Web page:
By Clive Leviev – Sawyer
Bulgaria’s National Revenue Agency is watching the “Offshoreleaks” revelations and will be ready to check the information about Bulgarian companies and individuals with offshore accounts when the data is released.
This is according to Krassimir Stefanov(photo), head of the National Revenue Agency, currently on leave because he is standing as a candidate in the May 12 ahead-of-term national parliamentary elections on the list of centre-right former ruling party GERB.
The “Offshoreleaks” reports are the result of work by dozens of journalists in several countries in a project by the International Consortium of Investigative Journalists (ICIJ). “A cache of 2.5 million files has cracked open the secrets of more than 120 000 offshore companies and trusts, exposing hidden dealings of politicians, con men and the mega-rich the world over,” the ICIJ site said.
Stefanov, speaking in an interview with mass-circulation newspaper 24 Chassa, said that through the European Savings Directive, Bulgaria already received information about deposits held by Bulgarian elsewhere in the EU. The country also now has a convention on the avoidance of double taxation with Switzerland, which includes a provision that enables Bulgaria, in the event of that it is carrying out a tax inspection or audit on a Bulgarian citizen, to ask Swiss tax authorities for information on bank balances held by Bulgarians.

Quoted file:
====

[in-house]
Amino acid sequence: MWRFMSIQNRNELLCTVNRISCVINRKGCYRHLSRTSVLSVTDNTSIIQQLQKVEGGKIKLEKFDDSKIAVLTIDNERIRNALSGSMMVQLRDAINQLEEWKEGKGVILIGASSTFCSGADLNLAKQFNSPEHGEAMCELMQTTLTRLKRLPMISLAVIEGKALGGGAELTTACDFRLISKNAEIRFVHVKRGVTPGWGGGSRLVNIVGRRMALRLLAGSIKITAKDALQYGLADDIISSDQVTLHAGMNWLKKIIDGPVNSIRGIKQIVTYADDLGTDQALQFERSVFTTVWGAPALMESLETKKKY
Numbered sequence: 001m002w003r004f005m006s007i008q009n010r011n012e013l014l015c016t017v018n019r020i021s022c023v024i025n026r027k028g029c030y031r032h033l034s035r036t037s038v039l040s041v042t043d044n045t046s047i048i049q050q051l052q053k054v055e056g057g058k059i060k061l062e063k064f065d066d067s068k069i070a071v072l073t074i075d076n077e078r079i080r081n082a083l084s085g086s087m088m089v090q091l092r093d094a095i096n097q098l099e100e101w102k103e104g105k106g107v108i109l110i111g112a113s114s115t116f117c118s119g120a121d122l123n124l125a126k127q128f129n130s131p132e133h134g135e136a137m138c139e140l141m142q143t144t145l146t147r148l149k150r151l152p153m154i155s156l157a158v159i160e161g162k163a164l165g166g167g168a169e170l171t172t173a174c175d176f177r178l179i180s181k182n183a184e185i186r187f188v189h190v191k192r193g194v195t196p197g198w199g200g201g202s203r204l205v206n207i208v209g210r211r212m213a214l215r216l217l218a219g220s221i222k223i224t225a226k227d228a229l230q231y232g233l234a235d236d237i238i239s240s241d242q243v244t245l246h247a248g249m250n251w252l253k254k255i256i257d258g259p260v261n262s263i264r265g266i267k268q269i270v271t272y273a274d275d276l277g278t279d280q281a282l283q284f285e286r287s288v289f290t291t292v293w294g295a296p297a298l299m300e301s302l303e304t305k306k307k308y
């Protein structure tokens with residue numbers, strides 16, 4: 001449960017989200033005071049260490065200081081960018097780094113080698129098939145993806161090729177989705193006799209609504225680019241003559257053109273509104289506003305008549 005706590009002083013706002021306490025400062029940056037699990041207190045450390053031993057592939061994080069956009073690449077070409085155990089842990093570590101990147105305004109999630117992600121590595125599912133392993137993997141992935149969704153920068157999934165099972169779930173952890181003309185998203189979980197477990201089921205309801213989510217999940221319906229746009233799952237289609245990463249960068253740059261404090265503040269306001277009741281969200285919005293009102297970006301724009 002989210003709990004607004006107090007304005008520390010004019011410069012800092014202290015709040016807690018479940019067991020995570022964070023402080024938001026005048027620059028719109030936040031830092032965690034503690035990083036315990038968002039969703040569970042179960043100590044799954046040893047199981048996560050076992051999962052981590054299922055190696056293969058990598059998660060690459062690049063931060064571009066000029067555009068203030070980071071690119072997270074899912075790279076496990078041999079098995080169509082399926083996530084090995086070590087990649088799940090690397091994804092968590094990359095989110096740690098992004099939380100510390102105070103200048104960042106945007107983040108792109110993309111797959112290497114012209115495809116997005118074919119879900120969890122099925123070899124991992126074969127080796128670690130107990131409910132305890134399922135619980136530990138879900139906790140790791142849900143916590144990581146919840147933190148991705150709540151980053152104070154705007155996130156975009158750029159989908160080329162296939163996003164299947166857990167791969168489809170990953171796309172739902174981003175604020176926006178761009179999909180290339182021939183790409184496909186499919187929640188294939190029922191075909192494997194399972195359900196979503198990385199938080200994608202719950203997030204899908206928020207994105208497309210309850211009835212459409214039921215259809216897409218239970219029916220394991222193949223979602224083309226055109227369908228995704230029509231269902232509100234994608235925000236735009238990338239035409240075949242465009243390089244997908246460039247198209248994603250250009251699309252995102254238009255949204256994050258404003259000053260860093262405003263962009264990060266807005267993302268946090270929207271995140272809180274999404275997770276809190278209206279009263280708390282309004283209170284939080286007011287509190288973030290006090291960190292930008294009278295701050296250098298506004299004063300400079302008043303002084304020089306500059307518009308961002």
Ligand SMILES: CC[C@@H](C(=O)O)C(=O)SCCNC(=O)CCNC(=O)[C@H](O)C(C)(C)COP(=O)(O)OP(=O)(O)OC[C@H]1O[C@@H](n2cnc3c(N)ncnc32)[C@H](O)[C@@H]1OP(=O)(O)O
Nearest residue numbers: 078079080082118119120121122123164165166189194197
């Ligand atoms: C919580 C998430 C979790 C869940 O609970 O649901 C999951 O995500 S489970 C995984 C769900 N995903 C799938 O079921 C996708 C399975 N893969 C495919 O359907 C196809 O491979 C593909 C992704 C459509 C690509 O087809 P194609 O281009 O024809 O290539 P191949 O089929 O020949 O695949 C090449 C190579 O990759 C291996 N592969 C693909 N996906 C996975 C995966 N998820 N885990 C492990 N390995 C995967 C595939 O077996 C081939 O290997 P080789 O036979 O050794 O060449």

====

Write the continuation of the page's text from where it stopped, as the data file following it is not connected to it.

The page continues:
Earlier, it emerged that the first details about Bulgarians to be revealed would be in regard to those holding accounts in the British Virgin Islands. From 1989 to date, companies registered in the British Virgin Islands have invested 721.5 million euro in Bulgaria, according to central Bulgarian National Bank figures. This represents two per cent of foreign direct investment in that period. There are reportedly 382 Bulgarian companies registered in the British Virgin Islands.
In all, of the sum total of foreign direct investment in Bulgaria to the end of 2011, 13 per cent or 4.6 billion euro came from offshore companies.
The biggest involvement has been with Cyprus, with companies registered offshore on the Mediterranean island investing 2.317 billion leva.